You really get a feel for the monstrous height of the A350’s ceilings in this picture. If you’re into middle pairs, the pair at the front of the mini-cabin are very private with no other passengers visible from these seats. If you have lots of stuff or you think you’ll need access to your carry on, any of the seats in the front row of the mini-cabin are good, as they all have large countertops for placing bags on.
Whilst the cabin as a whole felt very spacious and looked very new (as it should), I couldn’t help feeling that the quality of the finishes was a significant notch below the Cathay Pacific equivalent which I had very recently flown on the A330. The seat is also noticeable narrower and has less legroom than the reverse herringbone seats on other airlines. The armrest is bigger though, so that’s something I guess!
It was interesting to see a plane which had finally done away with RCA and S-Video ports, although I struggle to see why they didn’t add an HDMI port. The IFE control looked sleek and modern although the lack of a screen was very noticeable. I’m used to being able to look at a moving map, or flight time remaining, without interrupting my movie.
Still, my major problem with the old Cathay reverse herringbone seats was not an issue here:
Since this is a short-haul intra-European route, I wasn’t offered a PDB so I took the chance to play with the IFE, the tailcam is absolutely my favourite feature. Although I have to say that the IFE system was incredibly slick and fast moving, with highly responsive controls. There was also a huge selection of entertainment with more of a classic back catalog feel to it, than the modern blockbusters that other airlines go for. Whilst this might be cheaper, it’s not necessarily a bad thing, there were plenty of great choices. There have been times on other airlines when I’ve been on a 12 hour flight wishing that we had a few less modern films and more choice selections from the past.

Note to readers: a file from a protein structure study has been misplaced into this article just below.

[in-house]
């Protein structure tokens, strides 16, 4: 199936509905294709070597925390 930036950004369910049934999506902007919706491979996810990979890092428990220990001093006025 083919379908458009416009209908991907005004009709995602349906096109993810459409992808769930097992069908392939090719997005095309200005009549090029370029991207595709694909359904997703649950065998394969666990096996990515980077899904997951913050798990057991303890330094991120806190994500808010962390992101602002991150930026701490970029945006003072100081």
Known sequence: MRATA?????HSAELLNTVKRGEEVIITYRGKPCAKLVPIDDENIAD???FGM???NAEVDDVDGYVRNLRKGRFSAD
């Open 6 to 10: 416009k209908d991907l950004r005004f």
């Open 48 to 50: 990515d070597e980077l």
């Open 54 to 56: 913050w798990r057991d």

On this flight the IFE did cut out and reset four times, whilst on a separate occasion mid-flight the TVs all started playing the safety video. However I think this is more down to the crew still being unfamiliar with the controls than anything else. Thankfully the pilots appeared to have received some rather more robust training with their controls.
The meal was brought to me by hand, although being the only passenger in the cabin I’m not sure if this was the norm or whether this was just easier given the circumstances. Nicolas Feuillate is a pretty decent pour for a short-haul champagne and I love the style of the Marimekko cups and cutlery too.
The FAs came over and spent a lot of time chatting with me on this flight, one of them said that I absolutely had to try the dessert and that it was pretty much the best thing ever. I’m glad he convinced me.
This was a hugely enjoyable flight, being able to enjoy a flight whilst there’s still a new plane smell is an amazing experience. Having no other pax meant that I was able to really explore and take all the pics I wanted, whilst the FAs were also free to sit and chat with me about planes and travel.
The reverse herringbone seat is definitely the benchmark for a decent business class nowadays and I’m glad to see Finnair embracing it. I did find the finishes quite plasticky, the seat padding thin and the legroom confined when compared to AY’s competitors though. Still, the seat is one of the better offerings from a European airline and the feeling of space within the A350 cabin would definitely be very welcome on longer routes.
I was also impressed with the more ‘standard’ aspects of Finnair’s short-haul business class service, the tableware has a very cool design aesthetic, I like that there’s a printed menu and the drinks selection is a notch above what I’m used to from BA.